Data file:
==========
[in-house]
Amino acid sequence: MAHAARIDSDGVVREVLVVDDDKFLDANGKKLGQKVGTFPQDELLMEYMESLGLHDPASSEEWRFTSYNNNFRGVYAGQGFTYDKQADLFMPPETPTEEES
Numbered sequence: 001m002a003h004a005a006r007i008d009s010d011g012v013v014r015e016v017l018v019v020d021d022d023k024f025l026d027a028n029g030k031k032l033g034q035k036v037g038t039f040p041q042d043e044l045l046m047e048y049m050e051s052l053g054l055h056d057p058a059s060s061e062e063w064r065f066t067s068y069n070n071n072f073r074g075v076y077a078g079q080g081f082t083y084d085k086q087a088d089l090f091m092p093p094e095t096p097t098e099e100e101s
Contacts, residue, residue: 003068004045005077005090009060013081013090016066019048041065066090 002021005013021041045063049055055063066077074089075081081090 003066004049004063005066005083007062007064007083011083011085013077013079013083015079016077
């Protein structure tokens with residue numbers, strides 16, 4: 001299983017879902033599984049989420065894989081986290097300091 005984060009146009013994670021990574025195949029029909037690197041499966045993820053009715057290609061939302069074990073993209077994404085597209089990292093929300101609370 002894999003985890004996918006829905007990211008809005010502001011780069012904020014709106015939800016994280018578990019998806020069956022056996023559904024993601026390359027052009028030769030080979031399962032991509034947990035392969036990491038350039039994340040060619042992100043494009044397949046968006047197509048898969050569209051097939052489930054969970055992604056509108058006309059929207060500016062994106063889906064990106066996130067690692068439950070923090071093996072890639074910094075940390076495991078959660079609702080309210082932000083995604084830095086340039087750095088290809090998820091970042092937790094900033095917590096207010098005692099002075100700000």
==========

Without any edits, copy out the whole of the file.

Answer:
[in-house]
Amino acid sequence: MAHAARIDSDGVVREVLVVDDDKFLDANGKKLGQKVGTFPQDELLMEYMESLGLHDPASSEEWRFTSYNNNFRGVYAGQGFTYDKQADLFMPPETPTEEES
Numbered sequence: 001m002a003h004a005a006r007i008d009s010d011g012v013v014r015e016v017l018v019v020d021d022d023k024f025l026d027a028n029g030k031k032l033g034q035k036v037g038t039f040p041q042d043e044l045l046m047e048y049m050e051s052l053g054l055h056d057p058a059s060s061e062e063w064r065f066t067s068y069n070n071n072f073r074g075v076y077a078g079q080g081f082t083y084d085k086q087a088d089l090f091m092p093p094e095t096p097t098e099e100e101s
Contacts, residue, residue: 003068004045005077005090009060013081013090016066019048041065066090 002021005013021041045063049055055063066077074089075081081090 003066004049004063005066005083007062007064007083011083011085013077013079013083015079016077
């Protein structure tokens with residue numbers, strides 16, 4: 001299983017879902033599984049989420065894989081986290097300091 005984060009146009013994670021990574025195949029029909037690197041499966045993820053009715057290609061939302069074990073993209077994404085597209089990292093929300101609370 002894999003985890004996918006829905007990211008809005010502001011780069012904020014709106015939800016994280018578990019998806020069956022056996023559904024993601026390359027052009028030769030080979031399962032991509034947990035392969036990491038350039039994340040060619042992100043494009044397949046968006047197509048898969050569209051097939052489930054969970055992604056509108058006309059929207060500016062994106063889906064990106066996130067690692068439950070923090071093996072890639074910094075940390076495991078959660079609702080309210082932000083995604084830095086340039087750095088290809090998820091970042092937790094900033095917590096207010098005692099002075100700000």